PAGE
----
JRC scientists contributed to an intra-laboratory study comparing the outcome of analytical results using ultracentrifugation for the identification of nanomaterials. This is important for the registration or authorisation process related to the nanoparticle content of various chemicals, cosmetic or food products.
Judging whether a material is a nanomaterial for regulatory purposes in Europe is based on measuring the relative number of particles above and below a 100 nm threshold.
Making such measurements is technically very challenging with only a few instrumental methods showing real potential.
Amongst these, centrifugal methods (including analytical ultracentrifugation, AUC) show excellent performance not only in the trueness of sizing of quality control samples but also in the correct classification of representative test materials.
JRC scientists in collaboration with industrial experts (BASF, Ludwigshafen, Germany) and a prominent AUC freeware developer from the National Institutes of Health (NIH, Bethesda, USA) have recently shared their results on the use of AUC variable speed ramps for particle size distribution analysis and nanomaterial classification.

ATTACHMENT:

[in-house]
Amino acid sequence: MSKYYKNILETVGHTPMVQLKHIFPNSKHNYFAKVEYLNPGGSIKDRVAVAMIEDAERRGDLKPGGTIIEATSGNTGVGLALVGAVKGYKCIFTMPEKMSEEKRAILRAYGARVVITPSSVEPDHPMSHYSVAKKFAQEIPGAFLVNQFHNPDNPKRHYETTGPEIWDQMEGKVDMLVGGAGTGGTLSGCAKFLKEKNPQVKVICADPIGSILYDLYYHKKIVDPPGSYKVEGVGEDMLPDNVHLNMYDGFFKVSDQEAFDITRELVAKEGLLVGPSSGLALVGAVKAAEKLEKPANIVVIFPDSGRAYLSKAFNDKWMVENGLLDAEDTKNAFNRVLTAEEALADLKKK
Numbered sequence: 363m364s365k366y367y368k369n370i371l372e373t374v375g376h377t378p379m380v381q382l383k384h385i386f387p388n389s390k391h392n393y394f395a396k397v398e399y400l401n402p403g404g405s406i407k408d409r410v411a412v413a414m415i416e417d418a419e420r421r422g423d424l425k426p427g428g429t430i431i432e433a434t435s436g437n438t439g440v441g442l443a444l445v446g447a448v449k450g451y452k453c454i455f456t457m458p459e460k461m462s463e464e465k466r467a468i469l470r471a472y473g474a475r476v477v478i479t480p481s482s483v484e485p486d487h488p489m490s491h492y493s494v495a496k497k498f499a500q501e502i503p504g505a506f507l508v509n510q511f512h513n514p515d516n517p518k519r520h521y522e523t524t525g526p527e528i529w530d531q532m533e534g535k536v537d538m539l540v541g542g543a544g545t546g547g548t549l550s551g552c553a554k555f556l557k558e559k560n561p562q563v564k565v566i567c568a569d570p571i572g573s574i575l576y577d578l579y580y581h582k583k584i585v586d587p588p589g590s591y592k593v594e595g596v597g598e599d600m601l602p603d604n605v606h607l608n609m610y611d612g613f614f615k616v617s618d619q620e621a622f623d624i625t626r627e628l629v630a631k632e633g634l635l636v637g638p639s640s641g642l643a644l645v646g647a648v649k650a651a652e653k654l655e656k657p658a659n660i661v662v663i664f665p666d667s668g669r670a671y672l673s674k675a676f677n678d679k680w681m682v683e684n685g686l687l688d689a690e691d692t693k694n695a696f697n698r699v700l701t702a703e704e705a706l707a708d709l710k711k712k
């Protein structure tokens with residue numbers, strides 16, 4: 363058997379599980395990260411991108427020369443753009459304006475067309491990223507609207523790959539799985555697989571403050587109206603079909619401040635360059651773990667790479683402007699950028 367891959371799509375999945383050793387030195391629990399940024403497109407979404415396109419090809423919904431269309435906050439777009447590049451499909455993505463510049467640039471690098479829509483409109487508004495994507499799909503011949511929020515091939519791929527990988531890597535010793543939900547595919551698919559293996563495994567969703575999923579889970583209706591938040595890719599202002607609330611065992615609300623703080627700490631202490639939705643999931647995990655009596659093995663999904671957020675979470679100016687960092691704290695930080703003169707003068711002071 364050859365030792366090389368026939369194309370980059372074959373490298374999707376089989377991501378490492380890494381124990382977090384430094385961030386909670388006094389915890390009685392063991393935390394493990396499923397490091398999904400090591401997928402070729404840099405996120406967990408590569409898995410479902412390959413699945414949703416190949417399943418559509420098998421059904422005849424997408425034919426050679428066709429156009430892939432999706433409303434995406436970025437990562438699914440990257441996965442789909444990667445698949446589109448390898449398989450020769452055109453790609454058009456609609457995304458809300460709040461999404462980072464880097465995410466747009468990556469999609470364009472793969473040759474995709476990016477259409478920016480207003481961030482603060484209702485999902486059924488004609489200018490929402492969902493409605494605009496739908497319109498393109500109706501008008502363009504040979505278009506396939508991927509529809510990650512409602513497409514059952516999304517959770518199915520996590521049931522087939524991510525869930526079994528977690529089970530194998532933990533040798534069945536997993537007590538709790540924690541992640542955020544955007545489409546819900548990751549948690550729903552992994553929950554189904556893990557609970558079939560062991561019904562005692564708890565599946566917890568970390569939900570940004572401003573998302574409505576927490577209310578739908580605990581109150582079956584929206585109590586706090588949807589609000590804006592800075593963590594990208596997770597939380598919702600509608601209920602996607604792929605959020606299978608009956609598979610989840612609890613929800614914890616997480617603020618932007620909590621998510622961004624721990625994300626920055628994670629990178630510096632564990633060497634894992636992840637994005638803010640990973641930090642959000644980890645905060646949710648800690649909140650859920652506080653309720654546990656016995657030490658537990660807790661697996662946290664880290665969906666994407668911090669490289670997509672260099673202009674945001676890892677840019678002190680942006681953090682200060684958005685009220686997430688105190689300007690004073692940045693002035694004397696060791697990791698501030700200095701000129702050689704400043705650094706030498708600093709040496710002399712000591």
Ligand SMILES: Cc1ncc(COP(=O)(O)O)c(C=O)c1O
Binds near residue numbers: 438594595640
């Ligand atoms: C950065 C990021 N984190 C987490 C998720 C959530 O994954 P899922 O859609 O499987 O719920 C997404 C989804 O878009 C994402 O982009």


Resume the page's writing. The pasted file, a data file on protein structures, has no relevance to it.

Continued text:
The work focused on the validation of a protocol for analytical ultracentrifugation with fixed and ramped speed demonstrating very promising results. Among the samples analysed were wide size distribution powder materials which mimic real life challenges in particle size characterisation of industrially produced materials.
The method was carried out in two laboratories (JRC and BASF) and showed excellent conformance.
Read more in: Mehn et al., Identification of nanomaterials: A validation report of two laboratories using analytical ultracentrifugation with fixed and ramped speed options, NanoImpact 10 (2018) 87–96.
- Publication date
- 15 June 2018